In my entire 30 years of service as a public officer (1959-90) combined with the brief spells I have worked for different governments on specific engagements after retiring from the public service, I never came across a government program so well planned, so well directed and so well executed as the ADP of the Dudley Senanayake government, and a large part of the credit for this should go to Mr. M.D. Banda.

Mr. Banda did not pose as a know-all who resented different opinions being expressed on any issue. In fact, he promoted such discussion. He was always a patient listener, but once he took a decision there was no looking back. He was a true leader who had the unflinching support of those whom he had to work with, and this was one major contributory factor for the success that the ADP achieved.

The bi-annual Government Agents’ Conference which he used to preside over with commendable skill, where implementation problems were clinically examined and solutions found, was an event which we all looked forward to. He traveled virtually to every nook and corner in the country meeting with farmers and their organizations, and knew the ground situation at first hand. Not only the Minister, but the Prime Minster himself toured the country widely to see for himself, what was or was not being achieved.

The relevant Ministry officials as well as Departmental representatives from Colombo, in addition to the local and district-level officers, had to be present on these inspection tours which were often followed by progress review meetings. My thoughts go back to the numerous occasions that I had myself taken part in such visits representing my Department.

My work made it necessary for me to travel widely throughout the country addressing field level officers and even groups of Cultivation Committees in a manner that a Government Agent who was always looked upon as a disapathi hamuduruvo (a relic from the past!) was not in the habit of doing. In short, this was well beyond the provincial level experience I had been interested in obtaining before I reach the higher echelons of my service.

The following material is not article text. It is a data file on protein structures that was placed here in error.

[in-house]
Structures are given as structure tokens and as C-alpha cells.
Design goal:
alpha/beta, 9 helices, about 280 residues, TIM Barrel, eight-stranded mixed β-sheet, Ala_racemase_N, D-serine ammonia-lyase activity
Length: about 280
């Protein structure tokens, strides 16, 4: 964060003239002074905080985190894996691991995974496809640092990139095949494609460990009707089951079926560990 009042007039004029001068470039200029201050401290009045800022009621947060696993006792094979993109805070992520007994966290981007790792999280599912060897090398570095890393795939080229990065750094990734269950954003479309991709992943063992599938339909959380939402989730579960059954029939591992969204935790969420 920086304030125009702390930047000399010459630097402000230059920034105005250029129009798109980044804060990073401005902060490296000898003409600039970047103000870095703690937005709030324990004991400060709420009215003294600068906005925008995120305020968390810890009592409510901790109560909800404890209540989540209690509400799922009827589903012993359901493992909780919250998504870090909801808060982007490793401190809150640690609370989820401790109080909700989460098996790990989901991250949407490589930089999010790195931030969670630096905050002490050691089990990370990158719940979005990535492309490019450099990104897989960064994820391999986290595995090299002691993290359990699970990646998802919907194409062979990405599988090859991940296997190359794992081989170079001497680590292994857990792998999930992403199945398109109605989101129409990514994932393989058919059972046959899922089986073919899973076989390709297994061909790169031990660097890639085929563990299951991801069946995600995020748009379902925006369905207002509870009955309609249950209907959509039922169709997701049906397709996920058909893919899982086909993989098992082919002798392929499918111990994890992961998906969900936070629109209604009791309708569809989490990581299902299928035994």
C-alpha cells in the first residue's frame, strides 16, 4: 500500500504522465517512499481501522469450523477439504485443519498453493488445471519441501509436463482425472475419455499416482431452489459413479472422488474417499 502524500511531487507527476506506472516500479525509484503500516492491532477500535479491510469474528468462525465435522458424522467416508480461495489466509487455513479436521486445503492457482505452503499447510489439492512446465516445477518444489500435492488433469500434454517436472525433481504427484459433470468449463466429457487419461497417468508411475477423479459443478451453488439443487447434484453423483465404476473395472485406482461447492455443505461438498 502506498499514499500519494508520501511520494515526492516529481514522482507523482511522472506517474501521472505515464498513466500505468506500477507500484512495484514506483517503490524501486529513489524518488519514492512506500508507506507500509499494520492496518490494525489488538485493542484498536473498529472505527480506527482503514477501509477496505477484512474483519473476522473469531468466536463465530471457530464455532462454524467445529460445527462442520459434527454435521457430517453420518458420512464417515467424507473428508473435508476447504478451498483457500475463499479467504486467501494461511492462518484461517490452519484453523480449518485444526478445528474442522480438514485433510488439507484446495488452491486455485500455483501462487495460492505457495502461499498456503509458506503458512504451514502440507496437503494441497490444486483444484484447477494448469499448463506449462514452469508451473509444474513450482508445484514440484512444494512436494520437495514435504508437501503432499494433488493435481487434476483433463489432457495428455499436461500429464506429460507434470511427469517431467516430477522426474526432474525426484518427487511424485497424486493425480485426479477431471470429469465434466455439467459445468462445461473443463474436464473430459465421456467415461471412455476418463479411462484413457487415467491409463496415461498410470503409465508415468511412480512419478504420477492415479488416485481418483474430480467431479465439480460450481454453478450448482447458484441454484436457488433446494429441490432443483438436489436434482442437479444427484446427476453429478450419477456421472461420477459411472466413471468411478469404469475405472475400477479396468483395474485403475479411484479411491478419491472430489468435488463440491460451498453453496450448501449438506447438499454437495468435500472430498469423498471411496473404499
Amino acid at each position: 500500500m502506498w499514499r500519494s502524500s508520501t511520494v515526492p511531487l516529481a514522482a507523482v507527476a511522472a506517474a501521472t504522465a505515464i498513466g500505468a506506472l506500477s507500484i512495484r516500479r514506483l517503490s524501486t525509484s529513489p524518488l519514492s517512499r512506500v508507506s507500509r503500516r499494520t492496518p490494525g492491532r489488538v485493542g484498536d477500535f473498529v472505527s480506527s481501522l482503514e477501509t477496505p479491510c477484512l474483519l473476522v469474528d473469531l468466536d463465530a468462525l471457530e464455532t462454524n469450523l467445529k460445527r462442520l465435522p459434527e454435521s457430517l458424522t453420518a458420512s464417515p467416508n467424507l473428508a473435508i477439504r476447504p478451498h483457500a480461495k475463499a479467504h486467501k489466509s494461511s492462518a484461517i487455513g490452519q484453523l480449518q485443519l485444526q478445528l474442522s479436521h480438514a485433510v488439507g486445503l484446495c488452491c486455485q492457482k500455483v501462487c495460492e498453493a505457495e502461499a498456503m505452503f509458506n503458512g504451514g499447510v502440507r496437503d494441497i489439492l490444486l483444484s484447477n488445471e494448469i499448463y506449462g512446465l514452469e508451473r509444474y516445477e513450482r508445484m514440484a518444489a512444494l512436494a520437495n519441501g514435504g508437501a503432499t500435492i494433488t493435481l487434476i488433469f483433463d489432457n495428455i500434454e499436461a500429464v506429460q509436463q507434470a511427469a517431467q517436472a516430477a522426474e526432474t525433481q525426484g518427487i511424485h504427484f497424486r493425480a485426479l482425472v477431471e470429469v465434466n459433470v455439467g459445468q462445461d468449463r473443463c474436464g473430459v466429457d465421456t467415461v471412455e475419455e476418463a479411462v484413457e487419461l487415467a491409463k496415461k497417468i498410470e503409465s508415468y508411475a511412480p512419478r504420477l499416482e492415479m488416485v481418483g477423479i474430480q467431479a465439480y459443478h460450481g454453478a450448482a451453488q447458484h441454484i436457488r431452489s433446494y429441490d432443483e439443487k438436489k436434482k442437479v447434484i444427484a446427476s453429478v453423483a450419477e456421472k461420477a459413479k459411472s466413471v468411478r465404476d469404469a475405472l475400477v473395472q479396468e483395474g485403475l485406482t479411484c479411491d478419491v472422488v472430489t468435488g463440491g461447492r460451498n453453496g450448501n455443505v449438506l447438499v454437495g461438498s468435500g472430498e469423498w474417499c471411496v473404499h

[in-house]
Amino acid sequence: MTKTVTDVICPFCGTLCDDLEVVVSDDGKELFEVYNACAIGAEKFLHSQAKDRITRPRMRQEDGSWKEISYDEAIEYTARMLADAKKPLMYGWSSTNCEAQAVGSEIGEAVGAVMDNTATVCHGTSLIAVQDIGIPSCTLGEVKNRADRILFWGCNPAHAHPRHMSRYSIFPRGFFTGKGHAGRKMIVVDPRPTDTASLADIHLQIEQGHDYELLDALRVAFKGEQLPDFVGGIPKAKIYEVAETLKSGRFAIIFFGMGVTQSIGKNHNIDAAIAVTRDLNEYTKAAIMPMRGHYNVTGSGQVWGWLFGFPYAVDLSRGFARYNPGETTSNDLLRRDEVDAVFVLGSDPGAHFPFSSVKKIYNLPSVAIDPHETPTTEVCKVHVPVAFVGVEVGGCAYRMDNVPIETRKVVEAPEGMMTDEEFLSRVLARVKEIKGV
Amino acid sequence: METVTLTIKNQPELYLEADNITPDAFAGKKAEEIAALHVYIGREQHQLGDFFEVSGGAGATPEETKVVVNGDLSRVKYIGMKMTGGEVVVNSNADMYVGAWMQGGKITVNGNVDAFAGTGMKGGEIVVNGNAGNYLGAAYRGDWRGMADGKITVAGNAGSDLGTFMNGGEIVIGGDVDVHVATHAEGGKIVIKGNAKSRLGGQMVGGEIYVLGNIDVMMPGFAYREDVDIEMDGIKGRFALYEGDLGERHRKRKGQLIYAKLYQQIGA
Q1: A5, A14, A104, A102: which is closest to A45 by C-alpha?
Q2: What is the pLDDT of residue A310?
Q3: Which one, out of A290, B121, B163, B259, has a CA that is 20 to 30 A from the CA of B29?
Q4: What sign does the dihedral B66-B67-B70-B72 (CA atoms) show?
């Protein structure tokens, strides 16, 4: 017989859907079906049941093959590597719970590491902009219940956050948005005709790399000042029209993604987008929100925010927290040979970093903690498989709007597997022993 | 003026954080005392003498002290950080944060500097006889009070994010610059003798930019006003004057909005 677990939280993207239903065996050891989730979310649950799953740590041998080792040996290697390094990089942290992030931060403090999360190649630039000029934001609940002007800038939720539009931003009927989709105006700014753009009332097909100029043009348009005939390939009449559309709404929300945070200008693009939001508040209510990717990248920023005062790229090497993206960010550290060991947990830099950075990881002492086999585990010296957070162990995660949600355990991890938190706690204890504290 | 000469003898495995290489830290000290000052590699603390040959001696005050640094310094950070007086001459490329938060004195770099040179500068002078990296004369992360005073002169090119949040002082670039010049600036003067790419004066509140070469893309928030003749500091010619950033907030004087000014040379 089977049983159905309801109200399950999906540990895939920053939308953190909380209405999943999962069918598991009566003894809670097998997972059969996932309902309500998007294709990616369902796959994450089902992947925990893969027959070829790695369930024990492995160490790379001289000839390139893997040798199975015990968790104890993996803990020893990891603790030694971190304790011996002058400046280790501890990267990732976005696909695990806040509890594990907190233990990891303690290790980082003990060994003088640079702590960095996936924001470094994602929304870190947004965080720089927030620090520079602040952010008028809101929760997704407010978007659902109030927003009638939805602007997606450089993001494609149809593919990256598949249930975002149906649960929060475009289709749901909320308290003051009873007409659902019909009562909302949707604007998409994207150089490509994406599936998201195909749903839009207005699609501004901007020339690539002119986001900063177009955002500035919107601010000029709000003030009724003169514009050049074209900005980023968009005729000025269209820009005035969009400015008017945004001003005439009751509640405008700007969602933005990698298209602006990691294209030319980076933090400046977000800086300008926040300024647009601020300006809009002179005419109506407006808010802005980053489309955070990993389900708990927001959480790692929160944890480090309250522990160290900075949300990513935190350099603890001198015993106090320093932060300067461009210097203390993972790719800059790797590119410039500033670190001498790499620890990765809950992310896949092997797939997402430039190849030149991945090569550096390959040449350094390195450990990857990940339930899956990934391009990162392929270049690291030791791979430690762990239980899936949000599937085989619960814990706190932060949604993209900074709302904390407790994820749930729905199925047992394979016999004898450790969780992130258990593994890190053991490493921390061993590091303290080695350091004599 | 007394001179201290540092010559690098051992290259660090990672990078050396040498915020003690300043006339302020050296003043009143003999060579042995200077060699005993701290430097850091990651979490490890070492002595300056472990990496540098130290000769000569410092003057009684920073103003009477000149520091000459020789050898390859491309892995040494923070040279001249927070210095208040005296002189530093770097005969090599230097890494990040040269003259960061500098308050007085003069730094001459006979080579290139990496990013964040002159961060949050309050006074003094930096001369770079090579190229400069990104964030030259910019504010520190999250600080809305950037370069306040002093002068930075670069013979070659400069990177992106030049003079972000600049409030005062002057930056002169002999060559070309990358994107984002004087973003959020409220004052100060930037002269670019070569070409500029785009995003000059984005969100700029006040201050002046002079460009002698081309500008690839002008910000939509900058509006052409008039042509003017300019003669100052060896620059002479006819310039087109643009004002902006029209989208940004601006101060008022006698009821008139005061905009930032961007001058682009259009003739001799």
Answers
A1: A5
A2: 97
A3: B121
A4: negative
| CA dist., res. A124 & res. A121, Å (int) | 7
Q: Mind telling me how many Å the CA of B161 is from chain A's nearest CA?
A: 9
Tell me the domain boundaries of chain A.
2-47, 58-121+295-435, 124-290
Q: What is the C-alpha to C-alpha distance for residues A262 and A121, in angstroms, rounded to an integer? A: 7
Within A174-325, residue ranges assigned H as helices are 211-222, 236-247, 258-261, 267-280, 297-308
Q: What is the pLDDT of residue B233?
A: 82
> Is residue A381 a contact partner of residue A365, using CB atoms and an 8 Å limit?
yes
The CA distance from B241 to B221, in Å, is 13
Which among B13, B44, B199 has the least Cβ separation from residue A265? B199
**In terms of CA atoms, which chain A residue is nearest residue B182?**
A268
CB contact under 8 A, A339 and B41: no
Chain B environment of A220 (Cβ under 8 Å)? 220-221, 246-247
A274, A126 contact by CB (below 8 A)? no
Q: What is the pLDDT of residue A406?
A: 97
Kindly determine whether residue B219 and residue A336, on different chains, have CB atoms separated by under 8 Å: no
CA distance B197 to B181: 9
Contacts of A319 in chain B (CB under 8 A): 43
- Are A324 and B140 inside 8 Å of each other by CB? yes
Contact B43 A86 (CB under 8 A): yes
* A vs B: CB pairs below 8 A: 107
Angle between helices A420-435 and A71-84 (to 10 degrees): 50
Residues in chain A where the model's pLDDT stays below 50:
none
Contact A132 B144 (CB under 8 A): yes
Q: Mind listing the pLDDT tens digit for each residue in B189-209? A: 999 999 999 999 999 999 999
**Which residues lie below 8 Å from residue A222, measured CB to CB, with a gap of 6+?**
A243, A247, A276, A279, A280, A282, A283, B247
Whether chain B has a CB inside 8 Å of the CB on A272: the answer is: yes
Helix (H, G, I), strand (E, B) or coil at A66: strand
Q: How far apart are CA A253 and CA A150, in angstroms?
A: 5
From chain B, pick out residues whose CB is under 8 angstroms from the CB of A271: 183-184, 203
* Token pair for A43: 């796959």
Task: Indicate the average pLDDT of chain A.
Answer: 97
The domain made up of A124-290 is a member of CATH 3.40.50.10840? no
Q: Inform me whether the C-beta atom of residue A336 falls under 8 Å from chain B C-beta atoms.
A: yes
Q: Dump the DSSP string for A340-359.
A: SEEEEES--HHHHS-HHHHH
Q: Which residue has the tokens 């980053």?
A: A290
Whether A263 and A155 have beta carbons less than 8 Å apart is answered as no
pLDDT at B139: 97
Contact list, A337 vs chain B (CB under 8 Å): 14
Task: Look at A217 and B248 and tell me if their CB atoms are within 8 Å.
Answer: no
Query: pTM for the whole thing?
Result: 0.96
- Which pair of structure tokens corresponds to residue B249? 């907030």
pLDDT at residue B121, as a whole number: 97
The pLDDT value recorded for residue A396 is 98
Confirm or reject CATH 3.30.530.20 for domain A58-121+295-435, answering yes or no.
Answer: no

(Excerpted from A peep into the past, memoirs of

Eric. J. de Silva)



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Features

Responding to our energy addiction

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by Ranil Senanayake

Sri Lanka today is in the throes of addiction withdrawal. Reliant on fossil fuels to maintain the economy and basic living comforts, the sudden withdrawal of oil, coal and gas deliveries has exposed the weakness and the danger of this path of ‘development’ driven by fossil energy. This was a result of some poorly educated aspirants to political power who became dazzled by the advancement of western industrial technology and equated it with ‘Development’. They continue with this blind faith even today.

Thus, on December 20th 1979, an official communiqué was issued by the Government and displayed in the nation’s newspapers stating, “No oil means no development, and less oil, less development. It is oil that keeps the wheels of development moving”. This defined with clarity what was to be considered development by the policy-makers of that time. This fateful decision cast a deadly policy framework for the nation. The energy source that was to drive the national economy would be fossil-based. Even today, that same policy framework and its adherents continue. Everything, from electricity to cooking fuel, was based on fossil energy.

The economics of development, allows externalizing all the negative effects of ‘development’ into the environment, this being justified because, “industrialisation alleviates poverty”. The argument, is that economies need to industrialise in order to reduce poverty; but industrialisation leads to ‘unavoidable emissions. Statements like, ‘reduction in poverty leads to an increase in emissions’ is often trotted out as dogma. Tragically, these views preclude a vision of development based on high tech, non-fossil fuel driven, low consumptive lifestyles. Indeed, one indicator of current ‘development’ is the per capita consumption of power, without addressing the source of that power.

A nation dependent on fossil fuel is very much like an addict dependent on drugs. The demand is small, at first, but grows swiftly, until all available resources are given. In the end, when there is nothing else left to pawn, even the future of their children will be pawned and finally the children themselves! Today, with power cuts and fuel shortages, the pain of addiction begins to manifest.